Jennifer Lawrence in "X-Men: Days of Future Past."
Hugh Jackman as Logan in "X-Men: Days of Future Past."
Ian McKellen as Magneto and Patrick Stewart as Xavier, reunite in "X-Men: Days of Future Past."
Michael Fassbender plays Erik Lehnsherr in "X-Men: Days of Future Past."
By Tony Norman / Pittsburgh Post-Gazette
Here’s something that is rarely said about cinematic adaptations of comic books. “X-Men: Days of Future Past” featuring the return of director Bryan Singer to the franchise he helped launch in the summer of 2000 is the best comic book-to-film ever made.
Starring: Hugh Jackman, Ian McKellen, Patrick Stewart, Michael Fassbender, James McAvoy, Jennifer Lawrence, Peter Dinklage.
Rating: PG-13 for sequences of intense sci-fi violence and action, some suggestive material, nudity and language.
It is the only instance in which the cinematic version is superior to its melodramatic source material in every way, and I say this as someone who has read more than his fair share of comics for more than four decades.
I know. That makes “X-Men: Days of Future Past” better than Christopher Nolan’s “Dark Knight” trilogy, the first two installments of “The X-Men” series, “X-Men: First Class,” the first “Iron Man,” the first two “Spider-Man” movies, “Captain America: The Winter Soldier” and “Marvel’s The Avengers,” in my humble opinion.
The film opens in a distant, dystopian future Earth patrolled by malevolent Sentinels, artificial life forms created to hunt super powered mutants and adapt to their abilities. This version of the Sentinels is far more terrifying than the familiar, robotic version in the comics.
We’re quickly introduced to a ragtag cadre of mutants led by Charles Xavier, also known as Professor X (Patrick Stewart) and his powerful ally and sometime foe Magneto (Ian McKellen) hiding out from the Sentinels in remote China.
Along with Wolverine (Hugh Jackman), Bishop (Omar Sy), Sunspot (Adan Canto), Colossus (Daniel Cudmore), Storm (Halle Berry), Blink (Fan Bingbing) Warpath (Booboo Stewart), Havok (Lucas Till) Iceman (Shawn Ashmore) and Kitty Pryde (Ellen Page), Xavier and Magneto conspire to send Wolverine’s consciousness back to the 1970s to stop an assassination that leads indirectly to a deadly modification of the Sentinels.
Wolverine finds himself transported to 1973, tasked with convincing a younger, more embittered version of Xavier (James McAvoy) to believe his story about being from the future. When Wolverine asks Xavier to help break Magneto (Michael Fassbender) out of a metal-free prison in the bowels of the Pentagon, he’s literally asking him to help spring his deadliest enemy from custody.
With Hank “The Beast” McCoy (Nicholas Hoult) in tow, Wolverine and Xavier convince a young Quicksilver (Evan Peters) to use his super speed to haul Magneto out of government’s clutches in the movie’s most impressive special effects sequence.
The reluctant allies must then locate the elusive Mystique (Jennifer Lawrence), a shape changing mutant and former childhood friend of Xavier’s turned ally of Magneto, before she can assassinate Dr. Bolivar Trask (Peter Dinklage), the creator of the first generation of Sentinels.
It isn’t long before Magneto and Xavier find themselves at odds again, threatening the future of all mutants along with humanity if they can’t resolve their personal issues.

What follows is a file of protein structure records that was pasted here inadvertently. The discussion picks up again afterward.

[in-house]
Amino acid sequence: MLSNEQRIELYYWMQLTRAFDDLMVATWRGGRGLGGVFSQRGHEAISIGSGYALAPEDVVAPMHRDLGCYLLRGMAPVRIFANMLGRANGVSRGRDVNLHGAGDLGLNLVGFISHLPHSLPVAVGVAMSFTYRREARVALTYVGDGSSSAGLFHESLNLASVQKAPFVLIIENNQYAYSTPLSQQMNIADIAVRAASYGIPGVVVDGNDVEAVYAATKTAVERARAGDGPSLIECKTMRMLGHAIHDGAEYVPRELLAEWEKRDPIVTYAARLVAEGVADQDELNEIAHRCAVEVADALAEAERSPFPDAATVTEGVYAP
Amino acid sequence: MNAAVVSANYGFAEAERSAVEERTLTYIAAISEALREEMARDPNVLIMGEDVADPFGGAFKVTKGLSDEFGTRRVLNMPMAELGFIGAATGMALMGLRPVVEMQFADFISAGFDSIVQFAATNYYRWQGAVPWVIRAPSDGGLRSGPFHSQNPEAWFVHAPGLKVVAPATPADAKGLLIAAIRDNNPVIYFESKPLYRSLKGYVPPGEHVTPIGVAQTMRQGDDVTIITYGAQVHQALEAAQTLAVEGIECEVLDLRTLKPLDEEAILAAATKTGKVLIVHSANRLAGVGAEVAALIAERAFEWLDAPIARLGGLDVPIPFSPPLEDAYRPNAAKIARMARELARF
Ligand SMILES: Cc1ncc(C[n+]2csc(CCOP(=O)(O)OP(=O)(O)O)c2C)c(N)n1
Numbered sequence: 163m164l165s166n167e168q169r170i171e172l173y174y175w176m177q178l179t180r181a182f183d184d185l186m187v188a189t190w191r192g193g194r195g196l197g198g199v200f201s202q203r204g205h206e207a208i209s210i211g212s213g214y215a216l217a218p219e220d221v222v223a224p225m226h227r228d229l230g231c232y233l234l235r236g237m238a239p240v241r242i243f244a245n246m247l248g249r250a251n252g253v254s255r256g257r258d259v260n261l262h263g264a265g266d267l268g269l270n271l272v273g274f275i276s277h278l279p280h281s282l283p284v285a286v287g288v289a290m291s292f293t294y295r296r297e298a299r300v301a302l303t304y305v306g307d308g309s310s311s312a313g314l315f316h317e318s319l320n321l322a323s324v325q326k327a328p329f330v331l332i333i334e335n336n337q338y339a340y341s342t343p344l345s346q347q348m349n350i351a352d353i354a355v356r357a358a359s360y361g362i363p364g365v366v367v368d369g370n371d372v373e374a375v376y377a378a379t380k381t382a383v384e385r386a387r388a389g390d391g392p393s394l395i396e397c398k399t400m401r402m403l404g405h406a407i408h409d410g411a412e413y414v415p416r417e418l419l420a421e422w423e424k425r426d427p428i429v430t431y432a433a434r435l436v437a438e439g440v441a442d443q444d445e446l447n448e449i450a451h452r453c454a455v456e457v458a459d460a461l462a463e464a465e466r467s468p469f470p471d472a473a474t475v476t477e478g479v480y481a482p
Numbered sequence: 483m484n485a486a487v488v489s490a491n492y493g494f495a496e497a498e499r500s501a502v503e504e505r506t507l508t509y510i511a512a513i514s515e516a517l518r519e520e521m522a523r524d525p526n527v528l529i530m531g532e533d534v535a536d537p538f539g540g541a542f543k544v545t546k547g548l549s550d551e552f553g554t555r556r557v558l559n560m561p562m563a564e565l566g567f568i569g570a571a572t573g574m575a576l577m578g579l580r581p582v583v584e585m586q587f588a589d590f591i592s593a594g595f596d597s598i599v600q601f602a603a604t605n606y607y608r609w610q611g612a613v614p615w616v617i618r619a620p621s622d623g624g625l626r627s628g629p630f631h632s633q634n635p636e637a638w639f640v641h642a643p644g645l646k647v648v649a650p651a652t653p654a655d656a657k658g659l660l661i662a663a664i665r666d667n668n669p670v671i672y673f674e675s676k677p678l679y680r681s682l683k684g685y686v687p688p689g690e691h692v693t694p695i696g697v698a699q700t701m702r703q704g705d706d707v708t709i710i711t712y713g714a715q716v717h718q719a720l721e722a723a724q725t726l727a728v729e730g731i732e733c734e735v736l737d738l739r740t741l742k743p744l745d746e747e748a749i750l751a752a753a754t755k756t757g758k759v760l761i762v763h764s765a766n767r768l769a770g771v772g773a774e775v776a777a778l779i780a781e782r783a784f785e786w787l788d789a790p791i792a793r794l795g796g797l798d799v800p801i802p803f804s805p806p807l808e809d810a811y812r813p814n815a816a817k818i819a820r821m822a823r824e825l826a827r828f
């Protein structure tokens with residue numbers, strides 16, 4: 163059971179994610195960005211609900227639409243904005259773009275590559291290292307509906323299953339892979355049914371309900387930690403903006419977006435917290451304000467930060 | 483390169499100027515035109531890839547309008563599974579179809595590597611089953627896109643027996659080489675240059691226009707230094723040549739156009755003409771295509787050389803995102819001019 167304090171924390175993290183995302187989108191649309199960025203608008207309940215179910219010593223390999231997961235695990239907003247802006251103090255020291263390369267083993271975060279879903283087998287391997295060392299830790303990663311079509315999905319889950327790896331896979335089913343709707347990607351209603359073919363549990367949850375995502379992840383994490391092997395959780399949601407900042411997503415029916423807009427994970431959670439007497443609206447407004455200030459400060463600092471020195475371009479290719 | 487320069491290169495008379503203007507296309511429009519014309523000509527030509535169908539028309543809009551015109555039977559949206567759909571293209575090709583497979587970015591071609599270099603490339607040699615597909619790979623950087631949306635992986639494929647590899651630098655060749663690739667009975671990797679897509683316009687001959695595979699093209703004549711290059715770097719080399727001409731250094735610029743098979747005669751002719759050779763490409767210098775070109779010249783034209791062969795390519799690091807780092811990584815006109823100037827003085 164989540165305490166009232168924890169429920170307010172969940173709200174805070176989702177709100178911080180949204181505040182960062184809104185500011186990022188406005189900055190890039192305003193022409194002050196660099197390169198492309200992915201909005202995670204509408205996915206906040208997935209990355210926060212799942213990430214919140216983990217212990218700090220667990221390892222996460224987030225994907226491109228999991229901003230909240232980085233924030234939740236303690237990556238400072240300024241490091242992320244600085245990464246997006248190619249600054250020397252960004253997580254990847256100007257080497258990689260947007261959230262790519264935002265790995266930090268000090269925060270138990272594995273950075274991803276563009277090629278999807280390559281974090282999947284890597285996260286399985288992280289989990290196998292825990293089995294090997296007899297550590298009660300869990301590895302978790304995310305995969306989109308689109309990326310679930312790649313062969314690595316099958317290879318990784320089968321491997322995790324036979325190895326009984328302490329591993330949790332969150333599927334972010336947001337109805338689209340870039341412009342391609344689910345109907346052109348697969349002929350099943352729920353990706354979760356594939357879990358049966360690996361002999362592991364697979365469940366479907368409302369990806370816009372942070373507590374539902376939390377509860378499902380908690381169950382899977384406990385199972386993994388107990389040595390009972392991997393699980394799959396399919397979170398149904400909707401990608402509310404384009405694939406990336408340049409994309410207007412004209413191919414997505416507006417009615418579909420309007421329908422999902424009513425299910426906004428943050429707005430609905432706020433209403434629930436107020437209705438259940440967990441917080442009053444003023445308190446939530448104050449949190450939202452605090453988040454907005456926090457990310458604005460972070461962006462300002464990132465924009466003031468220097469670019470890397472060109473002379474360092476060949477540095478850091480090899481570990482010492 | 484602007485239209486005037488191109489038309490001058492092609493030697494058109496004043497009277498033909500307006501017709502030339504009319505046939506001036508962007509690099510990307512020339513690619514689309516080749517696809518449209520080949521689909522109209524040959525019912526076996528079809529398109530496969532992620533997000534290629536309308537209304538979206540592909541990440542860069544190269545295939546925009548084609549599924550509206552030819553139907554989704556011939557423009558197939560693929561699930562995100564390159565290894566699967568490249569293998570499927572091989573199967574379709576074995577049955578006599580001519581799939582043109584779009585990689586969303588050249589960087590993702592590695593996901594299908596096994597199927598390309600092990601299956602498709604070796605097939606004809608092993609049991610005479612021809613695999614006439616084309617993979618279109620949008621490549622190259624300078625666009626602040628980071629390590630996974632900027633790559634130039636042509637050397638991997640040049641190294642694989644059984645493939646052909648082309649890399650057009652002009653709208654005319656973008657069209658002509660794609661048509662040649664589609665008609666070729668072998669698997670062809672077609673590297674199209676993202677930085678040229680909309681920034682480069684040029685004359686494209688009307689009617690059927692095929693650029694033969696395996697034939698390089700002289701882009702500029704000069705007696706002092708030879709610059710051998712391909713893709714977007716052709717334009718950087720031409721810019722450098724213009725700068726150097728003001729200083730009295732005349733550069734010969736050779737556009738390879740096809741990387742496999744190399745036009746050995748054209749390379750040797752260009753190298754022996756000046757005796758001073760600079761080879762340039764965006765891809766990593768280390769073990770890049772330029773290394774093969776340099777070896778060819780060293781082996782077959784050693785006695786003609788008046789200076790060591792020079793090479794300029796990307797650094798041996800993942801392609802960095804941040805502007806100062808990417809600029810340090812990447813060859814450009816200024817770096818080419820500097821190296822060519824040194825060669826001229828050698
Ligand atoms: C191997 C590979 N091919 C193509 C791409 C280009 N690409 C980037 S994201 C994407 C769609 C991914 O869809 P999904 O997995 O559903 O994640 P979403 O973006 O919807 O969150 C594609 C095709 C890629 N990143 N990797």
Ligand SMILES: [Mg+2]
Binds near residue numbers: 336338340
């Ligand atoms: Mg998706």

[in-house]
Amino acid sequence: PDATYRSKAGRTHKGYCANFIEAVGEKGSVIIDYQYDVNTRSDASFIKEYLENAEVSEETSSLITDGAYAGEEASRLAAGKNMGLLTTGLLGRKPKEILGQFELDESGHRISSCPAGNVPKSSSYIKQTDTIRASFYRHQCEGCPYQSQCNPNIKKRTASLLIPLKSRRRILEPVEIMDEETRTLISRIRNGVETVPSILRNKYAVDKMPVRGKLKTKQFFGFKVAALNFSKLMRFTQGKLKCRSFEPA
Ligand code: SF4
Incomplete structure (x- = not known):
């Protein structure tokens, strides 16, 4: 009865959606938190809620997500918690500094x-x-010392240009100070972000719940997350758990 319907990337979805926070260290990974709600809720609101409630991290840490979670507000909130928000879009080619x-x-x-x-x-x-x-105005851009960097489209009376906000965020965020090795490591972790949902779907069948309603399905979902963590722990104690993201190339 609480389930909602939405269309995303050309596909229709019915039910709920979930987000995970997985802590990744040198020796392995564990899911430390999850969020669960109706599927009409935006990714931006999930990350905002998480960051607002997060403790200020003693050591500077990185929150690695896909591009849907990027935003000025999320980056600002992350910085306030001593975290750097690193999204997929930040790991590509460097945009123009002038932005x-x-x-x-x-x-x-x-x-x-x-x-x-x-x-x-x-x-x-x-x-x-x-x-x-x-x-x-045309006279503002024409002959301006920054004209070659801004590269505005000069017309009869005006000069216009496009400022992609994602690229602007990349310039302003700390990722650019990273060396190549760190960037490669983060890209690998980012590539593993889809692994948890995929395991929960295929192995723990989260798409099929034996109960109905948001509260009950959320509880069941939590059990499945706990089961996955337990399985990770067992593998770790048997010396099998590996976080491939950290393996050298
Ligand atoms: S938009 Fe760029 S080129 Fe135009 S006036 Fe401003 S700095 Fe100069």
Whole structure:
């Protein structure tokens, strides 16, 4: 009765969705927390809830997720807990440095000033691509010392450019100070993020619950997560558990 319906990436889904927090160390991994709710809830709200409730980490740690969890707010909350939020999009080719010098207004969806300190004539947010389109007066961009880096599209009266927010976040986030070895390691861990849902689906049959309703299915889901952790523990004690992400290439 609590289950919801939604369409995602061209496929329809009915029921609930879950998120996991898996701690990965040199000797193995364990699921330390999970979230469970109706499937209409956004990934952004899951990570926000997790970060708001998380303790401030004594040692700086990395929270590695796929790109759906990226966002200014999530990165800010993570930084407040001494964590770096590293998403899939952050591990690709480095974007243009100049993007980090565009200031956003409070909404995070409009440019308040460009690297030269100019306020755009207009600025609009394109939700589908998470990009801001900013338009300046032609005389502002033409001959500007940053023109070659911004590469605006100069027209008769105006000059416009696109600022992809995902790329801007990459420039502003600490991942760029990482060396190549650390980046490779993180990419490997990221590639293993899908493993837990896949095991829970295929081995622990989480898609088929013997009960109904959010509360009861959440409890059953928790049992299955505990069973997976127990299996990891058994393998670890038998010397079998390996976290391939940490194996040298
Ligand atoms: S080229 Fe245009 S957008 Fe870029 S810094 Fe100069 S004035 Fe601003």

Meanwhile, back in the future, the Sentinels are closing in on Xavier, Magneto and their exhausted allies. Will the relentless mutant hunters kill these heroic survivors before Wolverine and the first generation of X-Men can prevent the fiendishly adaptive creatures from coming into existence in the first place?
Like its predecessors, the latest “X-Men” film has visual spectacle to burn. But this outing also holds together as a well-told, genuinely suspenseful tale of redemption and the power of right and wrong choices. Even those familiar with the original comic book story arc, upon which it is loosely based, will be carried along by its departures from and improvements to the canonized story.
“X-Men: Days of Future Past” is blessed with a level of plot complexity that won’t alienate those unfamiliar with half a century of comic book continuity, though it would help to know a little political history of the early 1970s, especially the Nixon White House. Kennedy assassination aficionados will howl over the explanation for the “magic bullet theory” — and, no, you will not see it coming.
There’s also moral hazard at play rarely encountered in such films and a very real sense that even though it is a superhero movie where good must inevitably triumph over evil, it may not go down in the way audiences expect.
Because the cast is so large, some major characters get a few lines and even fewer of those are memorable. Even clocking in at more than two hours, there isn’t a moment of drag in this film and none of the confusing fight scenes that clutter so many superhero films of late. It also has a bonus scene teasing “X-Men: Apocalypse” after the credits, so sit tight.
“X-Men: Days of Future Past” is a smart, inspiring piece of filmmaking that will satisfy even the most discriminating comic book snob. It is 100 times better than Mr. Singer's disastrous "Superman" reboot from a few years ago and instantly raises the bar on superhero films. It will even make you forget your growing and justifiable disappointment with the genre.
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